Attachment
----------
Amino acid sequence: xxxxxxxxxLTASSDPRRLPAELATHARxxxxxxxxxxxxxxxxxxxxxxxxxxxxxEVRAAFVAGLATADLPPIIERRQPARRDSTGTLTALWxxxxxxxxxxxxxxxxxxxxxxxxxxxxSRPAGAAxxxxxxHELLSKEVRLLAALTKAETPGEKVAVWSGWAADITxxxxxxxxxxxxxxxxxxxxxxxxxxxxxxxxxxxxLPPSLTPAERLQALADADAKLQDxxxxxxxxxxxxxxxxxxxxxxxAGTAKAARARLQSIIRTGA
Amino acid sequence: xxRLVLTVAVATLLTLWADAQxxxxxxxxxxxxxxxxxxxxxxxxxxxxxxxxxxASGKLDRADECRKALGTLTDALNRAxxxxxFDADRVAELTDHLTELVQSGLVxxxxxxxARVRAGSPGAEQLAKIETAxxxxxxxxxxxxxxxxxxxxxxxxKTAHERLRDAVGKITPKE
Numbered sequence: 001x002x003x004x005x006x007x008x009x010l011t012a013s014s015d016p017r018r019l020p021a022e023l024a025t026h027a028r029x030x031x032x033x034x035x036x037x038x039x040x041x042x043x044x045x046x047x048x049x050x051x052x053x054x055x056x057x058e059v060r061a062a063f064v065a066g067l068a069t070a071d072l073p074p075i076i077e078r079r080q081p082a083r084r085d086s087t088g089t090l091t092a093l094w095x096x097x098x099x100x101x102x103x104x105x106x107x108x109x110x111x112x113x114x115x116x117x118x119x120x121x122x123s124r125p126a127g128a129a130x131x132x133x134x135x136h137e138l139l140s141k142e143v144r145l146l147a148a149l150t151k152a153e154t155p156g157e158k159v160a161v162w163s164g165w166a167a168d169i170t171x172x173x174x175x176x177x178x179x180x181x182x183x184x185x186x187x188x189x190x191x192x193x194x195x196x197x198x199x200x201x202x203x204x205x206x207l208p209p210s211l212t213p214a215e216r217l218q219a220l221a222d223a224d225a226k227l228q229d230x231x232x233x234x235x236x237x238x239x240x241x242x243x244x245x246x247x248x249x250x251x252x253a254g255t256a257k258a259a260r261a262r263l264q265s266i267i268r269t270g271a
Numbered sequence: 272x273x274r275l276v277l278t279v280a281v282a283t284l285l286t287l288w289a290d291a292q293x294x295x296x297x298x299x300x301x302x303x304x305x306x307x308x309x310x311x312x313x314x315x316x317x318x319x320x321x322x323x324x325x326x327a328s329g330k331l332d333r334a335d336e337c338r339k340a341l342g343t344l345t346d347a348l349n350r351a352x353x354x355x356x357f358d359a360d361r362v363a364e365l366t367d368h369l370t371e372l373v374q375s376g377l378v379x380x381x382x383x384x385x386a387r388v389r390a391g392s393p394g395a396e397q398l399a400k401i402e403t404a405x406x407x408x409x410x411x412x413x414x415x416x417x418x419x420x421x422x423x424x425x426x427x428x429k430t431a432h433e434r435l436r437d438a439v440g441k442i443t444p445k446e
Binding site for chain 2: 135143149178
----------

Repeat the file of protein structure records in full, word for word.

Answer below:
Amino acid sequence: xxxxxxxxxLTASSDPRRLPAELATHARxxxxxxxxxxxxxxxxxxxxxxxxxxxxxEVRAAFVAGLATADLPPIIERRQPARRDSTGTLTALWxxxxxxxxxxxxxxxxxxxxxxxxxxxxSRPAGAAxxxxxxHELLSKEVRLLAALTKAETPGEKVAVWSGWAADITxxxxxxxxxxxxxxxxxxxxxxxxxxxxxxxxxxxxLPPSLTPAERLQALADADAKLQDxxxxxxxxxxxxxxxxxxxxxxxAGTAKAARARLQSIIRTGA
Amino acid sequence: xxRLVLTVAVATLLTLWADAQxxxxxxxxxxxxxxxxxxxxxxxxxxxxxxxxxxASGKLDRADECRKALGTLTDALNRAxxxxxFDADRVAELTDHLTELVQSGLVxxxxxxxARVRAGSPGAEQLAKIETAxxxxxxxxxxxxxxxxxxxxxxxxKTAHERLRDAVGKITPKE
Numbered sequence: 001x002x003x004x005x006x007x008x009x010l011t012a013s014s015d016p017r018r019l020p021a022e023l024a025t026h027a028r029x030x031x032x033x034x035x036x037x038x039x040x041x042x043x044x045x046x047x048x049x050x051x052x053x054x055x056x057x058e059v060r061a062a063f064v065a066g067l068a069t070a071d072l073p074p075i076i077e078r079r080q081p082a083r084r085d086s087t088g089t090l091t092a093l094w095x096x097x098x099x100x101x102x103x104x105x106x107x108x109x110x111x112x113x114x115x116x117x118x119x120x121x122x123s124r125p126a127g128a129a130x131x132x133x134x135x136h137e138l139l140s141k142e143v144r145l146l147a148a149l150t151k152a153e154t155p156g157e158k159v160a161v162w163s164g165w166a167a168d169i170t171x172x173x174x175x176x177x178x179x180x181x182x183x184x185x186x187x188x189x190x191x192x193x194x195x196x197x198x199x200x201x202x203x204x205x206x207l208p209p210s211l212t213p214a215e216r217l218q219a220l221a222d223a224d225a226k227l228q229d230x231x232x233x234x235x236x237x238x239x240x241x242x243x244x245x246x247x248x249x250x251x252x253a254g255t256a257k258a259a260r261a262r263l264q265s266i267i268r269t270g271a
Numbered sequence: 272x273x274r275l276v277l278t279v280a281v282a283t284l285l286t287l288w289a290d291a292q293x294x295x296x297x298x299x300x301x302x303x304x305x306x307x308x309x310x311x312x313x314x315x316x317x318x319x320x321x322x323x324x325x326x327a328s329g330k331l332d333r334a335d336e337c338r339k340a341l342g343t344l345t346d347a348l349n350r351a352x353x354x355x356x357f358d359a360d361r362v363a364e365l366t367d368h369l370t371e372l373v374q375s376g377l378v379x380x381x382x383x384x385x386a387r388v389r390a391g392s393p394g395a396e397q398l399a400k401i402e403t404a405x406x407x408x409x410x411x412x413x414x415x416x417x418x419x420x421x422x423x424x425x426x427x428x429k430t431a432h433e434r435l436r437d438a439v440g441k442i443t444p445k446e
Binding site for chain 2: 135143149178